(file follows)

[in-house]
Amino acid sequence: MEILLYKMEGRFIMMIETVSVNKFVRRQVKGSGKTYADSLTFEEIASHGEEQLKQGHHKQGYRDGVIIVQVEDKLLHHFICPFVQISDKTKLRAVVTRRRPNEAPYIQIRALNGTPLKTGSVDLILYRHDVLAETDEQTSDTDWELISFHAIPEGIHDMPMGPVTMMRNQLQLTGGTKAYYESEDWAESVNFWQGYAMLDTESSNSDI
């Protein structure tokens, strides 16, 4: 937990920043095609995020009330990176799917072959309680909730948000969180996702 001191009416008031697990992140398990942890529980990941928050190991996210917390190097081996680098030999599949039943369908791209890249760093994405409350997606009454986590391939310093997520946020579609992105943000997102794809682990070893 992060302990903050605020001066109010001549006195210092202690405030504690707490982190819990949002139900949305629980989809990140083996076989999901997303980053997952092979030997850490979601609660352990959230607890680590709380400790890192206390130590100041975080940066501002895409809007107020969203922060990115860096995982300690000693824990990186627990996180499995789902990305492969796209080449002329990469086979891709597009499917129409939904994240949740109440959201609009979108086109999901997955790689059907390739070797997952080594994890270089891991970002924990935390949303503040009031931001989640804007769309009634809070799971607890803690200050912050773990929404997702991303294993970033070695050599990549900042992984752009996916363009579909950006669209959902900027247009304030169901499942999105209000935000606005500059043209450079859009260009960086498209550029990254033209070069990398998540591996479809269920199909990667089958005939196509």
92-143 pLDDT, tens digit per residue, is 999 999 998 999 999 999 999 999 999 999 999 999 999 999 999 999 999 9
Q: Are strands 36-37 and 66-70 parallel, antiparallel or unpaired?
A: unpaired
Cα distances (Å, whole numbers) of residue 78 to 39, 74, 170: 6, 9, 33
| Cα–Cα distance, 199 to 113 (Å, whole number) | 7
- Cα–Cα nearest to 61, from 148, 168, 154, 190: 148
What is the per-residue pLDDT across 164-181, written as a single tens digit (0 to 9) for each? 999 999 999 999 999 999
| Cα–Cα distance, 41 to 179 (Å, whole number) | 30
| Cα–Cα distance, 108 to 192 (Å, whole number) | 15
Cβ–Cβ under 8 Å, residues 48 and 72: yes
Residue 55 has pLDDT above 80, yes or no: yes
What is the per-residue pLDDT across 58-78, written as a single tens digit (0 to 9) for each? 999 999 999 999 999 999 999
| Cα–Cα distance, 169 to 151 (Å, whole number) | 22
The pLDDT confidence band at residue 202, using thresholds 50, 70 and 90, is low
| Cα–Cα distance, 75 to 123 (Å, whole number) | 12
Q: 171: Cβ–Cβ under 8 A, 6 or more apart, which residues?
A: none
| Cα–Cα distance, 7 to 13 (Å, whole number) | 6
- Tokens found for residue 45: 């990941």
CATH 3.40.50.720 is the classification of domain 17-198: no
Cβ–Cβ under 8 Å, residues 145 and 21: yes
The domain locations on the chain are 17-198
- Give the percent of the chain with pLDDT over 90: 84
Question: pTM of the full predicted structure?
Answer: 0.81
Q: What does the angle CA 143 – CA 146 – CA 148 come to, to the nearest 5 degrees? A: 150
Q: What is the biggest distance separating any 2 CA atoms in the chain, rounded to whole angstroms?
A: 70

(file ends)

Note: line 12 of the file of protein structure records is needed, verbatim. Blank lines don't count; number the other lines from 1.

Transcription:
| Cα–Cα distance, 108 to 192 (Å, whole number) | 15